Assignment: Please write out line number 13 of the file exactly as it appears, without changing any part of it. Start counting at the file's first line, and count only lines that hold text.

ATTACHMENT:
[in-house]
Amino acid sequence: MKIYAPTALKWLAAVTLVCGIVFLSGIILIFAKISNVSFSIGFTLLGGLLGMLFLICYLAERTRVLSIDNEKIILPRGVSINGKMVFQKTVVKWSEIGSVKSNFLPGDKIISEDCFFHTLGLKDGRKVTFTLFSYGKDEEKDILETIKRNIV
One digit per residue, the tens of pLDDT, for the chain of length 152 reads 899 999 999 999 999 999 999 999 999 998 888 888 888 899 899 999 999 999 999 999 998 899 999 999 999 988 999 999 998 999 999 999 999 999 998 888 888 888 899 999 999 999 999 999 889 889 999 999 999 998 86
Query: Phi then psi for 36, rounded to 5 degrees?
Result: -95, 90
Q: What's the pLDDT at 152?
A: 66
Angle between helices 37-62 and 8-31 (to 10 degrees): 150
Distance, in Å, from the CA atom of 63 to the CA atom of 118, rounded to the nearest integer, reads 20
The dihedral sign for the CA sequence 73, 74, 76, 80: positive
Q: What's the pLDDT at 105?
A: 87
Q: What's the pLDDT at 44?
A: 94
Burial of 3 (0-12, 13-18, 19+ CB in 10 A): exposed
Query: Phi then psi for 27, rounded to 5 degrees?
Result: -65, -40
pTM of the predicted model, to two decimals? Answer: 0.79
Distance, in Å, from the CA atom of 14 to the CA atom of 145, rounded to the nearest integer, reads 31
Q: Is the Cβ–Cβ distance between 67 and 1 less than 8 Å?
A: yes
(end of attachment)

Q: What's the pLDDT at 44?